There’s a reason the cover of a popular driving video game features a Porsche 911 GT2 RS instead of a minivan. One has 700 horsepower and racing stripes. The other reminds you of changing diapers.
But when it finally comes time in your life to put down the game controller and face the reality of family-hauling duty, no vehicle is better suited than a minivan. Here’s a look at two of the newest models — the 2018 Chrysler Pacifica and 2018 Honda Odyssey — to help you choose.
Sliding rear doors. It’s why you buy a minivan instead of a crossover SUV. For easy loading of people and cargo (especially in a tight parking lot), sliding doors can’t be beat. Both the Pacifica and the Odyssey have power-operated sliding doors as a standard feature on most of their trim levels.
Honda counters with its Magic Slide second-row seat design. In addition to the typical forward and backward adjustments, the seats can also be easily slid into the center of the van or pulled out toward the edges by more than a foot. Pushing a seat toward the center of the van quickly creates a usable step-through walkway to the third-row seat. And the sliding function works even if child safety seats are installed.
The Honda Odyssey has long been the most enjoyable minivan to pilot, and it remains true with the redesigned 2018 model. From the driver’s seat, the new Odyssey has an almost sedan-like feel that gives you confidence in its abilities should you need to make a sudden turn or lane change. The Pacifica isn’t far behind, though, and is stable and secure when you’re driving around turns.
Both vans have strong, standard V6 engines. In testing, we’ve found the Odyssey has a slight edge in acceleration. In real-world driving, however, both vans provide authoritative power when you need to quickly get up to speed on a highway or make a pass on a two-lane road.
At the pump, you can expect nearly identical fuel economy from these minivans. The EPA pegs them both at 22 mpg in combined driving. For maximum fuel economy, however, Chrysler has a surprising ace in the hole: the Pacifica Hybrid. It’s the first plug-in hybrid minivan on the market.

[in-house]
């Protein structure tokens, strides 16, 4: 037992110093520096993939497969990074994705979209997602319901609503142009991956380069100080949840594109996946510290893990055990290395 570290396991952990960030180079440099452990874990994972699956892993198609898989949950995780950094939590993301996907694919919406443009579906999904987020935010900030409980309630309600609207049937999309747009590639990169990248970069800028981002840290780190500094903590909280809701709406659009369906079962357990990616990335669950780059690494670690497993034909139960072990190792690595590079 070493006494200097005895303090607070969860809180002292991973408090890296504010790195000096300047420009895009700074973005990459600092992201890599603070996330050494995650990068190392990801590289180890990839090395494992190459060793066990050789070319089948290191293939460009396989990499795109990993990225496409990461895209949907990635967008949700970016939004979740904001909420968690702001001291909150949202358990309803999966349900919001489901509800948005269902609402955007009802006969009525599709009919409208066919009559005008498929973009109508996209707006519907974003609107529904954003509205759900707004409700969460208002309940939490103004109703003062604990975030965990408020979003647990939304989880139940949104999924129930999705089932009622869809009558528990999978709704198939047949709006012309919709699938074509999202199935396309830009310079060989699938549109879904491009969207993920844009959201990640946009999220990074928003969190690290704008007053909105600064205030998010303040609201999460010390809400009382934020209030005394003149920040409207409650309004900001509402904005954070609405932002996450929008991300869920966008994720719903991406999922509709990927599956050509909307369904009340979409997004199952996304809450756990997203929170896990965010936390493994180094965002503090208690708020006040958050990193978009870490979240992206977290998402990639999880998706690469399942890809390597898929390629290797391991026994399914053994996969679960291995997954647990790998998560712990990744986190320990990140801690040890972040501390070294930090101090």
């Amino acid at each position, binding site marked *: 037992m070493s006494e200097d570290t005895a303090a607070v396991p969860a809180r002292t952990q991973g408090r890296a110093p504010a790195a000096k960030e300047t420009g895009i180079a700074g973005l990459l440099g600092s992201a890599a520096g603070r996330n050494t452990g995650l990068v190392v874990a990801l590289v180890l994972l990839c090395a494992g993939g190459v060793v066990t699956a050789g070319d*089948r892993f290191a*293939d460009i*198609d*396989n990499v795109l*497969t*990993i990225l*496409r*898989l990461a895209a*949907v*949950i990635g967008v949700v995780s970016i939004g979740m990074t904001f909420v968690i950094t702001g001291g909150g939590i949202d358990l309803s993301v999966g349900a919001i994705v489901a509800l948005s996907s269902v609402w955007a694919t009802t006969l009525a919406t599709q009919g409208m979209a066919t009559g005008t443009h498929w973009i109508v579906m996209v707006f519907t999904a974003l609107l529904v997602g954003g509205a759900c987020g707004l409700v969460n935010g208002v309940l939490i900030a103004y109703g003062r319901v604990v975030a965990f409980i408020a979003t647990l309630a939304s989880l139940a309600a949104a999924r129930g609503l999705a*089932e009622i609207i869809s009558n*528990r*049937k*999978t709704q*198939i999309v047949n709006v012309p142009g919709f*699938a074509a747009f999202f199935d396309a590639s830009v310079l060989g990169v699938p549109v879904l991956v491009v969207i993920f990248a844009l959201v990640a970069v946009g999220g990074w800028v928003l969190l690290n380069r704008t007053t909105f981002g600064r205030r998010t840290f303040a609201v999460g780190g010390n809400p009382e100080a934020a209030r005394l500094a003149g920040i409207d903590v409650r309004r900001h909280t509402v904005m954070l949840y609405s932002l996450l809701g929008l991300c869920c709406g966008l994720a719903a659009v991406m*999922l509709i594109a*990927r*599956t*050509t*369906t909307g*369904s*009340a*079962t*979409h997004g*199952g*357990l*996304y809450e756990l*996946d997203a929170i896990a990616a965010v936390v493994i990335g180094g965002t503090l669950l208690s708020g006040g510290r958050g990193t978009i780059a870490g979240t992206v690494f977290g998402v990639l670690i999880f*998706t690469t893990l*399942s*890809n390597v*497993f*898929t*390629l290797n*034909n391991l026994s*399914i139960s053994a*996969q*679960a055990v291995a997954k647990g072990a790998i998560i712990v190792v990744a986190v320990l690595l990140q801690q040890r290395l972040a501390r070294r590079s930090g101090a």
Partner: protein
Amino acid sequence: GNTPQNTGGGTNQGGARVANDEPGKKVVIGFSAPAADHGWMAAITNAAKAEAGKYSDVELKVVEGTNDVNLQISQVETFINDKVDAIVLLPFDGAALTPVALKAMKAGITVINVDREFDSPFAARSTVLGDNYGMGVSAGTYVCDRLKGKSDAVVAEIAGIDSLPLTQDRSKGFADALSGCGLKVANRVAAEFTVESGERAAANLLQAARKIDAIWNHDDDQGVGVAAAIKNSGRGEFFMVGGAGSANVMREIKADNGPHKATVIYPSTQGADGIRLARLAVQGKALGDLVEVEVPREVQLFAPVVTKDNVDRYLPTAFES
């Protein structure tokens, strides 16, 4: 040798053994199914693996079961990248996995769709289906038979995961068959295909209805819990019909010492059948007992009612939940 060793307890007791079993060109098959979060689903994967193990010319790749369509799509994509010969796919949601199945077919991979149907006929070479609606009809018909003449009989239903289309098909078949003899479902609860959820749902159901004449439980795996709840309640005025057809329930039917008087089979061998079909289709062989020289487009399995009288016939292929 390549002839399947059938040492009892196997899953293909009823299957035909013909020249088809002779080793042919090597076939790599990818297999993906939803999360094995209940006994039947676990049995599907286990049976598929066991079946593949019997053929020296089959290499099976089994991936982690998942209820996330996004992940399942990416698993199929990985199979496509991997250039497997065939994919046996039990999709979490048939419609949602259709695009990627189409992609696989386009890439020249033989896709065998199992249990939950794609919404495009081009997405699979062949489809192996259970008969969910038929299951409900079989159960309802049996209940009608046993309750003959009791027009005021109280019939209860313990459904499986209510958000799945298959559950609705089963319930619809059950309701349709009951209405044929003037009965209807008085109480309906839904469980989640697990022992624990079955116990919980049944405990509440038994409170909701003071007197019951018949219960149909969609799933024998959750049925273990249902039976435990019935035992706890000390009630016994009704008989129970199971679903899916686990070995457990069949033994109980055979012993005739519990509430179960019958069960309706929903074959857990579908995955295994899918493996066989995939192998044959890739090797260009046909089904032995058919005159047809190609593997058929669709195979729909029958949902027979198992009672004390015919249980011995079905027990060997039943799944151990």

When it comes to keeping you and your family safe, the Pacifica and Odyssey each earns top scores from the National Highway Traffic Safety Administration and the Insurance Institute for Highway Safety.
We do like how Honda makes the Odyssey’s accident avoidance technology (such as a forward collision warning and mitigation system) standard equipment for all trim levels except the base LX. On the Pacifica, these features are typically optional. The Pacifica, however, does offer a special feature that can be used to set certain parameters, such as limiting top speed, for young drivers. There’s no equivalent available on the Odyssey.
FEATURES AND TECHNOLOGY
Both minivans are up-to-date with the latest features. The infotainment systems have big touchscreens and include Apple CarPlay and Android Auto smartphone integration. Notably, the Pacifica and Odyssey are also the only two minivans to offer onboard vacuum cleaners. Each has a few distinctive features as well. The Pacifica offers a 360-degree camera system and an automated parking system, while the Odyssey has a rear-seating monitoring camera and a special smartphone entertainment app the whole family can use.
The 2018 Pacifica starts around $27,000; the 2018 Odyssey, $30,000. At the high end, fully loaded versions of these vans end up being around $48,000. The sweet spot from a value and feature content perspective, though, are the midrange Pacifica Touring L and the Odyssey EX-L. These have MSRPs of about $38,000.
Choosing between the Chrysler Pacifica and Honda Odyssey largely comes down to your needs. Do you want a van that’s equally great at being a family taxi or a cargo van? You’ll probably prefer the Pacifica because of its Stow ‘n Go second-row seating. Have a gaggle of little kids? The Odyssey, with its Magic Slide seating and interior camera feature, is likely the better choice.
This story was provided to The Associated Press by the automotive website Edmunds. Brent Romans is a senior editor at Edmunds.